Healthcare organizations must carefully design the security and privacy system of the clinical study’s mobile technology, ensuring it meets requirements and earns patients’ trust.
Design an effective patient engagement model
To increase participation from patient cohorts and quickly attain accrual targets, it’s important to design an effective engagement model that will keep patients engaged.
Various mobile technologies such as email, SMS, videos, podcasts, and visuals can accomplish this. ADAPTABLE, a study funded through a PCORI grant to understand the effects of two different daily doses of aspirin on heart attack patients, is setting a new trend in patient engagement in clinical research.
Recently, PCORnet, the National Patient-Centered Clinical Research Network, an initiative of PCORI, conducted a Facebook Live event to raise awareness about ADAPTABLE and how it is transforming clinical research and the lives of patients. By means of live story sharing, they showed the impact of ADAPTABLE on patient partnerships and innovative enrollment, recruitment, and retention strategies.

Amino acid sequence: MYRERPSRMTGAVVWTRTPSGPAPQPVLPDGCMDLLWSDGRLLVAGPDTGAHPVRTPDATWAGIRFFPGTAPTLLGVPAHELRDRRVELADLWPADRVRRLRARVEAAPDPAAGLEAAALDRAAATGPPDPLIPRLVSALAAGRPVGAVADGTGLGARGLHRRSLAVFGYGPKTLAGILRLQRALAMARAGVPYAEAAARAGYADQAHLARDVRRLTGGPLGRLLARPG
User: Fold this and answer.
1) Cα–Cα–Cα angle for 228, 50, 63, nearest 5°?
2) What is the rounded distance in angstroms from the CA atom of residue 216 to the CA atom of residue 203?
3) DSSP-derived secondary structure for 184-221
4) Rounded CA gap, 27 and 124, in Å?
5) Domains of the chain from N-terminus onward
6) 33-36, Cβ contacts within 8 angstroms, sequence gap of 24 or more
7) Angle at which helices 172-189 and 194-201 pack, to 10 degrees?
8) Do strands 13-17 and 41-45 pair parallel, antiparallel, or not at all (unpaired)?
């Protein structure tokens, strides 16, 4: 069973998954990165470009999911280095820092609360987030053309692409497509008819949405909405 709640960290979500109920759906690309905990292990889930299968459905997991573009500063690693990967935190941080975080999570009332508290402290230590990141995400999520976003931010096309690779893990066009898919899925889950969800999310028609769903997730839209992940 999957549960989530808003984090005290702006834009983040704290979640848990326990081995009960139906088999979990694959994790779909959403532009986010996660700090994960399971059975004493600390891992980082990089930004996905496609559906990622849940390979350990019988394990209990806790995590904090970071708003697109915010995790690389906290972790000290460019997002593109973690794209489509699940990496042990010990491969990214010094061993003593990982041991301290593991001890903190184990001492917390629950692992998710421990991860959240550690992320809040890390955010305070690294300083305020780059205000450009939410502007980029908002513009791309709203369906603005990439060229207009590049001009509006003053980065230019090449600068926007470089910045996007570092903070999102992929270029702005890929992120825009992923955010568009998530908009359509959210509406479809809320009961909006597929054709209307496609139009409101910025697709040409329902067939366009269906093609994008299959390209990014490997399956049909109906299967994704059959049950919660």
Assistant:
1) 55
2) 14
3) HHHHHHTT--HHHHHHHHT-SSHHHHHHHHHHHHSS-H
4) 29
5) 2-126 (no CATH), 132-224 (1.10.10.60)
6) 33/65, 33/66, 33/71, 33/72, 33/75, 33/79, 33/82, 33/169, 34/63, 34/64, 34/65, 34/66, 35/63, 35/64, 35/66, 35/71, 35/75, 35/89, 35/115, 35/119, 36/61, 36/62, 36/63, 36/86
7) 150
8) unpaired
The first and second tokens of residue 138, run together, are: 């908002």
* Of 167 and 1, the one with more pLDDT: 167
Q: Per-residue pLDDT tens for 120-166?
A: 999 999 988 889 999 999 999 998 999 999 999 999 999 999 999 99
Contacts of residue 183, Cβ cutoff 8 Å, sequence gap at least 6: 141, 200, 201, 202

Another example is LPHI’s tablet-based patient engagement model, which engages patients in examination rooms. Participants also receive ongoing communication about opportunities to participate in studies, patient workgroups, and network governance. The platform’s ability to expand engagement and recruitment efforts outside the regular clinical setting through mobile technology made it possible for REACHnet to recruit over 5,000 patients.
Innovative mobile technologies are making clinical trials more engaging than ever, bringing information to patient cohorts in formats where they are most comfortable and leading to better patient outcomes, preventions and cures.